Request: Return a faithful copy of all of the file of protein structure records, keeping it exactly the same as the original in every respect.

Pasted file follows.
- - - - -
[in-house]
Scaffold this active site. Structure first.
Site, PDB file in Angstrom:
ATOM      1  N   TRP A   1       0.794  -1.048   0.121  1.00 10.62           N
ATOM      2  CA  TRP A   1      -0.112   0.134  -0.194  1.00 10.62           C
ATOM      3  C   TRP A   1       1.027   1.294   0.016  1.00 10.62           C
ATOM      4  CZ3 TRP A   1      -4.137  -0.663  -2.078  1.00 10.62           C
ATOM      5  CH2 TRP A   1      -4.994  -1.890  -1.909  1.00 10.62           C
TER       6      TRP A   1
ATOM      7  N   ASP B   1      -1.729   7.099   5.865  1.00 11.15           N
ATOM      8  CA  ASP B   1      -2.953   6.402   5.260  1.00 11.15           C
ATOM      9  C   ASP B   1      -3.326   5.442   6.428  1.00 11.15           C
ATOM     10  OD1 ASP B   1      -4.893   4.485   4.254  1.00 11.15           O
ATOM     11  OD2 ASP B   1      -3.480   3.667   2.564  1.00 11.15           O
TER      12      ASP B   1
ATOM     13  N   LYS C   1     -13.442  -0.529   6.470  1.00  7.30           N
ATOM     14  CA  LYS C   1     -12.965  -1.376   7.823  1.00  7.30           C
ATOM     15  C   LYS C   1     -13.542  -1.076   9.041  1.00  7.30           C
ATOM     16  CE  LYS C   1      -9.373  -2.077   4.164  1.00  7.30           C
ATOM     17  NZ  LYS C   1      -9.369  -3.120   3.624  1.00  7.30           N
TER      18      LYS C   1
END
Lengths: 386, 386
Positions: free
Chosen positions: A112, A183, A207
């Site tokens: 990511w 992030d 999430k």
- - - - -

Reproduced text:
[in-house]
Scaffold this active site. Structure first.
Site, PDB file in Angstrom:
ATOM      1  N   TRP A   1       0.794  -1.048   0.121  1.00 10.62           N
ATOM      2  CA  TRP A   1      -0.112   0.134  -0.194  1.00 10.62           C
ATOM      3  C   TRP A   1       1.027   1.294   0.016  1.00 10.62           C
ATOM      4  CZ3 TRP A   1      -4.137  -0.663  -2.078  1.00 10.62           C
ATOM      5  CH2 TRP A   1      -4.994  -1.890  -1.909  1.00 10.62           C
TER       6      TRP A   1
ATOM      7  N   ASP B   1      -1.729   7.099   5.865  1.00 11.15           N
ATOM      8  CA  ASP B   1      -2.953   6.402   5.260  1.00 11.15           C
ATOM      9  C   ASP B   1      -3.326   5.442   6.428  1.00 11.15           C
ATOM     10  OD1 ASP B   1      -4.893   4.485   4.254  1.00 11.15           O
ATOM     11  OD2 ASP B   1      -3.480   3.667   2.564  1.00 11.15           O
TER      12      ASP B   1
ATOM     13  N   LYS C   1     -13.442  -0.529   6.470  1.00  7.30           N
ATOM     14  CA  LYS C   1     -12.965  -1.376   7.823  1.00  7.30           C
ATOM     15  C   LYS C   1     -13.542  -1.076   9.041  1.00  7.30           C
ATOM     16  CE  LYS C   1      -9.373  -2.077   4.164  1.00  7.30           C
ATOM     17  NZ  LYS C   1      -9.369  -3.120   3.624  1.00  7.30           N
TER      18      LYS C   1
END
Lengths: 386, 386
Positions: free
Chosen positions: A112, A183, A207
């Site tokens: 990511w 992030d 999430k």